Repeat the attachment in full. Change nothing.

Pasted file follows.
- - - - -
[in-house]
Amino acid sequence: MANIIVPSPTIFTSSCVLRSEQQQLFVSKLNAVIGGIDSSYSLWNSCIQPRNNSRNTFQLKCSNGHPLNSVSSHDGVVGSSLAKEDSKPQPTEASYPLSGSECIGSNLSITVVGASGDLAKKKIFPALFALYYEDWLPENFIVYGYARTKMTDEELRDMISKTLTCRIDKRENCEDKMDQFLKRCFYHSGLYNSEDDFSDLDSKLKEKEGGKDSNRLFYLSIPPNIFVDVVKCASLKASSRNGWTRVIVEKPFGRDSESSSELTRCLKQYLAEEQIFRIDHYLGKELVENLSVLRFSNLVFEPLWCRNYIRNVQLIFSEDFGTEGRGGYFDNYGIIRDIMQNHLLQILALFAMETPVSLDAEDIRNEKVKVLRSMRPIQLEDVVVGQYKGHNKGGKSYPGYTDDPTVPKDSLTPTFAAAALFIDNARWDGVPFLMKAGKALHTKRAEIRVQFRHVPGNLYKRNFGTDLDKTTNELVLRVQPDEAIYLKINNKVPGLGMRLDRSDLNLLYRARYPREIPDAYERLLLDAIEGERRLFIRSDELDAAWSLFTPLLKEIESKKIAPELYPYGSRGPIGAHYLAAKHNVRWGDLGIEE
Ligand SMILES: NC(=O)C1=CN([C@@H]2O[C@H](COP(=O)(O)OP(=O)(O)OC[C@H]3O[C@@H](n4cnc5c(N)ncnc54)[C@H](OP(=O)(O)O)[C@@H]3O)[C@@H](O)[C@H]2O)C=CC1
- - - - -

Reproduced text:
[in-house]
Amino acid sequence: MANIIVPSPTIFTSSCVLRSEQQQLFVSKLNAVIGGIDSSYSLWNSCIQPRNNSRNTFQLKCSNGHPLNSVSSHDGVVGSSLAKEDSKPQPTEASYPLSGSECIGSNLSITVVGASGDLAKKKIFPALFALYYEDWLPENFIVYGYARTKMTDEELRDMISKTLTCRIDKRENCEDKMDQFLKRCFYHSGLYNSEDDFSDLDSKLKEKEGGKDSNRLFYLSIPPNIFVDVVKCASLKASSRNGWTRVIVEKPFGRDSESSSELTRCLKQYLAEEQIFRIDHYLGKELVENLSVLRFSNLVFEPLWCRNYIRNVQLIFSEDFGTEGRGGYFDNYGIIRDIMQNHLLQILALFAMETPVSLDAEDIRNEKVKVLRSMRPIQLEDVVVGQYKGHNKGGKSYPGYTDDPTVPKDSLTPTFAAAALFIDNARWDGVPFLMKAGKALHTKRAEIRVQFRHVPGNLYKRNFGTDLDKTTNELVLRVQPDEAIYLKINNKVPGLGMRLDRSDLNLLYRARYPREIPDAYERLLLDAIEGERRLFIRSDELDAAWSLFTPLLKEIESKKIAPELYPYGSRGPIGAHYLAAKHNVRWGDLGIEE
Ligand SMILES: NC(=O)C1=CN([C@@H]2O[C@H](COP(=O)(O)OP(=O)(O)OC[C@H]3O[C@@H](n4cnc5c(N)ncnc54)[C@H](OP(=O)(O)O)[C@@H]3O)[C@@H](O)[C@H]2O)C=CC1